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Cornell University

Blogs from the Field

A healthy future for wildlife, people, and planet.

Salmon net pens

Mostly stuck at home like the rest of you, I cannot get the constant talk about testing and tracing out of my head during this COVID-19 pandemic. New York Governor Mario Cuomo’s voice is ever present, and I welcome his daily, even-tempered and pragmatic broadcasts about how to keep us safe. Given my line of work, I easily saw some analogies, and I said to my work-at-home spouse on one of our daily walks, “Fish farmers have to deal with epidemics, too.”
Hawai'ian Apapane bird with mosquito in eye

Vector-borne infectious diseases pose substantial threats to human health and the conservation of wildlife. Avian malaria in Hawai‘i provides an example of the devastation caused by the emergence and spread of such diseases within susceptible host populations.
Hand holding up globe

We drafted The Manhattan Principles on 'One World, One Health' in 2004. In 2020, let’s act as if we truly comprehend the pandemic’s stark reminder that there really is only one world, and one health. May Earth Days to come be better for it.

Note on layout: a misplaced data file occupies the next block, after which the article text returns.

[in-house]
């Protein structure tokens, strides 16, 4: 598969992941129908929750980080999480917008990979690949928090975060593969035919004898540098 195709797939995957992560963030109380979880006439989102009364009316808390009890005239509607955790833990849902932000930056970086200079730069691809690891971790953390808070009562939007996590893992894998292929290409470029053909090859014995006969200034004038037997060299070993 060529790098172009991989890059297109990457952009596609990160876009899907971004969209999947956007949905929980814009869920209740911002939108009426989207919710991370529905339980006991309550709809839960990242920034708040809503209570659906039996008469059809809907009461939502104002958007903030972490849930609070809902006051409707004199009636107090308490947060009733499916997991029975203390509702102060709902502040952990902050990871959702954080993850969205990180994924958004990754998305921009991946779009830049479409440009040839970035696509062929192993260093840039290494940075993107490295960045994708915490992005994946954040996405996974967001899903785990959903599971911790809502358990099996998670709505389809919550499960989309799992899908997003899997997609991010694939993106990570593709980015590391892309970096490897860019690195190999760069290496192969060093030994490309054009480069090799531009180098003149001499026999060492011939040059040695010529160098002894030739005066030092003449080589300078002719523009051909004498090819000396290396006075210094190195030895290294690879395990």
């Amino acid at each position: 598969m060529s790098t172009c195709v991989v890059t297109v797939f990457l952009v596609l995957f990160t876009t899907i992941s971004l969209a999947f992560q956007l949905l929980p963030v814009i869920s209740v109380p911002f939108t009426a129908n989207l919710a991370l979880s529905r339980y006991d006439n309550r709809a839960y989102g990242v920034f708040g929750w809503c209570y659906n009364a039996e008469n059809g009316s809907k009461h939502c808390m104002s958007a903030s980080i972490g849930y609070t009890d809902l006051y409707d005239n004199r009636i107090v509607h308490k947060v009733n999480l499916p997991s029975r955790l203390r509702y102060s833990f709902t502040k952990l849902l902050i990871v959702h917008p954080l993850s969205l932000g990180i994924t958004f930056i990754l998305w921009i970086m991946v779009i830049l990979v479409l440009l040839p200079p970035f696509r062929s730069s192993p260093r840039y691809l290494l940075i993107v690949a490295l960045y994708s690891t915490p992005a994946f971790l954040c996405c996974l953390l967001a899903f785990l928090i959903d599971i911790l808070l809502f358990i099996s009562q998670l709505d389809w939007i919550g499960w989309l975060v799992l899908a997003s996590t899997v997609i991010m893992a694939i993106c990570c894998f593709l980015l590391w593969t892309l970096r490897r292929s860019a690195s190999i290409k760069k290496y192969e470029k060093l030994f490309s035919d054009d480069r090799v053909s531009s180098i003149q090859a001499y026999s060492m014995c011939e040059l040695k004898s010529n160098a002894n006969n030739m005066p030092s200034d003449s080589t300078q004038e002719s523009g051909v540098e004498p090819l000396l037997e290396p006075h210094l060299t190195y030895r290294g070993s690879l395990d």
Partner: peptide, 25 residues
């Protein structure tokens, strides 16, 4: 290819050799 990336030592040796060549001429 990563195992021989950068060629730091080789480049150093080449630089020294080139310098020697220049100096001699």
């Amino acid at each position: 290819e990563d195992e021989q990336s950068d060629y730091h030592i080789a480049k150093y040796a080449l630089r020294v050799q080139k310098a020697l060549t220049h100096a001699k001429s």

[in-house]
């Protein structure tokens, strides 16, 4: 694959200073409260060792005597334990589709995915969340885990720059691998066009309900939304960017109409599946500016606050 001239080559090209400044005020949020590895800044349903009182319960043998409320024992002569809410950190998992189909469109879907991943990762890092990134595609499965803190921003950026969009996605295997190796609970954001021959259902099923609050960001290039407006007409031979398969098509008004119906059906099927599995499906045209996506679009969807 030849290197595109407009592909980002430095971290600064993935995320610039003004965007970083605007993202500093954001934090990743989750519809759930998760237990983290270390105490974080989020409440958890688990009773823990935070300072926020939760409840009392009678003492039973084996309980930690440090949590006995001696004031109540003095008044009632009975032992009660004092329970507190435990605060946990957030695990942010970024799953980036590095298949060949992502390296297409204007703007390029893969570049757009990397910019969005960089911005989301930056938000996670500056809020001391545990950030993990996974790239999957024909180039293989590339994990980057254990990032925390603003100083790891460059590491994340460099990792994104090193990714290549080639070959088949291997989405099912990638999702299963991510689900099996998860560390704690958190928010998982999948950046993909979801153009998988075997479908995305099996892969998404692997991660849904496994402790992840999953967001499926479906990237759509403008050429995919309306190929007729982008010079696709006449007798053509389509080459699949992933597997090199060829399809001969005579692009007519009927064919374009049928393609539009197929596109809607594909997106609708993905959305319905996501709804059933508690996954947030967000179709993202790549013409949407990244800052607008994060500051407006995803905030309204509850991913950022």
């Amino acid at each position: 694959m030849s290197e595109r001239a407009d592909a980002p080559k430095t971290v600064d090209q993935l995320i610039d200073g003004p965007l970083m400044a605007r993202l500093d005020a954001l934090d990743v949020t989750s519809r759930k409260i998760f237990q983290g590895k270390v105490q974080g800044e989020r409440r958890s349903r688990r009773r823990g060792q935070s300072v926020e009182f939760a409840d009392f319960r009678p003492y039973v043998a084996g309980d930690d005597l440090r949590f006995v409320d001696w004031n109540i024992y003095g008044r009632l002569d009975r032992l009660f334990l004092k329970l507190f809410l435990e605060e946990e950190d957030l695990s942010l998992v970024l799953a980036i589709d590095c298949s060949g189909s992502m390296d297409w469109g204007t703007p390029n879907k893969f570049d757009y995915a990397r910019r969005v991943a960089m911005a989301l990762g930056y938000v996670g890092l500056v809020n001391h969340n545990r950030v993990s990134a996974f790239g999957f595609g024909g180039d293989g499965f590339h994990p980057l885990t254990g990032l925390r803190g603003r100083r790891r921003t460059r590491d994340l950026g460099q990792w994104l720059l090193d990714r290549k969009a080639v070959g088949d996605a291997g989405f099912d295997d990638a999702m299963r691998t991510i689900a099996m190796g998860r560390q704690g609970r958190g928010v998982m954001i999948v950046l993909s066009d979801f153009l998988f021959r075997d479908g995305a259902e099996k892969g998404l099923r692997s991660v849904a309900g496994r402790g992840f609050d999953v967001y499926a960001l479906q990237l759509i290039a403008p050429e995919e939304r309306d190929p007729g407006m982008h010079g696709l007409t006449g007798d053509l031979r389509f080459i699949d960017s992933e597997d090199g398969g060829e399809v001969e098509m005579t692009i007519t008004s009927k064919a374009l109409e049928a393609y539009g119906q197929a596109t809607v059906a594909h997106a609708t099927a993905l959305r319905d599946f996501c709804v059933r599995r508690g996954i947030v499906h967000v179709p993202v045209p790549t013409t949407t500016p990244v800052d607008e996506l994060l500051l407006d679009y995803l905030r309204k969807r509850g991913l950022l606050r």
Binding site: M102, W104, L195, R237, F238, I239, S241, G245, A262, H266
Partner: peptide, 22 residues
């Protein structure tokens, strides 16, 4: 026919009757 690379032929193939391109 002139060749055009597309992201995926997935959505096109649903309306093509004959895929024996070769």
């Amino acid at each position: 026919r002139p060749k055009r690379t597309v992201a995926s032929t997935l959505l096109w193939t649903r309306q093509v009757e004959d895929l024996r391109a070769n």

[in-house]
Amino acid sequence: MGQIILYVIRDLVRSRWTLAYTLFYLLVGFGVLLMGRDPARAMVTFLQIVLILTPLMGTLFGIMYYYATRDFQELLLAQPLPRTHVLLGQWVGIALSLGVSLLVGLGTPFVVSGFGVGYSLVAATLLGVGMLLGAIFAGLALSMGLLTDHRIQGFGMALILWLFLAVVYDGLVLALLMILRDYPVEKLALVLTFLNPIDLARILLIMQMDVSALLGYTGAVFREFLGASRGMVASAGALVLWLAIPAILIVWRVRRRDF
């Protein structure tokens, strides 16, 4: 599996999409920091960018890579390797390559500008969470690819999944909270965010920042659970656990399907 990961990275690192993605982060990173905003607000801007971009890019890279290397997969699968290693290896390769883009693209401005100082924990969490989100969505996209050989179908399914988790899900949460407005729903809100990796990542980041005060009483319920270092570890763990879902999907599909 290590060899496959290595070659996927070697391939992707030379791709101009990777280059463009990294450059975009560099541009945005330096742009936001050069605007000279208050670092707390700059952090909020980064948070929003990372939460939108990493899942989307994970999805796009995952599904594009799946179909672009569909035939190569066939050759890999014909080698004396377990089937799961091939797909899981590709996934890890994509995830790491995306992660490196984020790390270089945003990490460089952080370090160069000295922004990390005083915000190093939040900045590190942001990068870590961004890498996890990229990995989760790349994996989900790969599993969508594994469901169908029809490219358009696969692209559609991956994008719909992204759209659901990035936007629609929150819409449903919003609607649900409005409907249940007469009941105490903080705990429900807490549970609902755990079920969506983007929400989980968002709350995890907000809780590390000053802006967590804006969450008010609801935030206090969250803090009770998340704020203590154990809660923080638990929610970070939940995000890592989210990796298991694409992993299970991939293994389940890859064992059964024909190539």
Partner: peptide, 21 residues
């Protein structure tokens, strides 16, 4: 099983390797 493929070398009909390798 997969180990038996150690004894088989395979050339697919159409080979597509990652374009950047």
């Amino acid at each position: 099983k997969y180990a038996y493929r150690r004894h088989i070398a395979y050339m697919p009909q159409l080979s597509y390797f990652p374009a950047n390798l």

Earth with face mask

I have spent my career trying to think of ways to enhance my own species’ respect and concern for the rest of life on Earth. Perhaps a tiny, invisible virus will be what actually (hopefully) tips the scales towards a critical mass of global understanding of the fact that our own health is intimately tied to how we treat the natural world…. It’s not too soon to make this a “never again” moment. The very good news is that we can, and we must.
A Double-Crested Cormorant seen perched in a tree

The news is depressing. A recently released article in Science by my colleagues at the Cornell Laboratory of Ornithology shows that 3 billion birds have vanished in the lasts 50 years….
Elephant and baby in the wild

At our recent meeting in Maun, Botswana, an unprecedented reimagination of rangeland stewardship gained genuine traction, an approach that could resolve land-use conflicts that have plagued the nation and the region for more than half a century....
Entrance to “Panda Valley” in Dujiangyan, one of the research sites we frequently visited

Two years ago, nearly to the day, I sat across from Dr. Marc Valitutto in a conference room at the Smithsonian Conservation Biology Institute in Front Royal, Virginia....
Histo slide of a newt's skin; examples of a normal and necrosis affected sample

When the Cornell Wildlife Health Lab investigates mortalities in wildlife, our specially trained pathologists use diagnostic tools to crack the case....
A juvenile bald eagle shown on an exam table for a necropsy to begin

What do you call the post-mortem examination of an animal? The appropriate term is “necropsy,” derived from necro (“death”)….
Amur tiger in winter

The fate of our wildlife lies at the hands of our policy makers – an obvious statement perhaps, but sometimes these forces work in unexpected ways....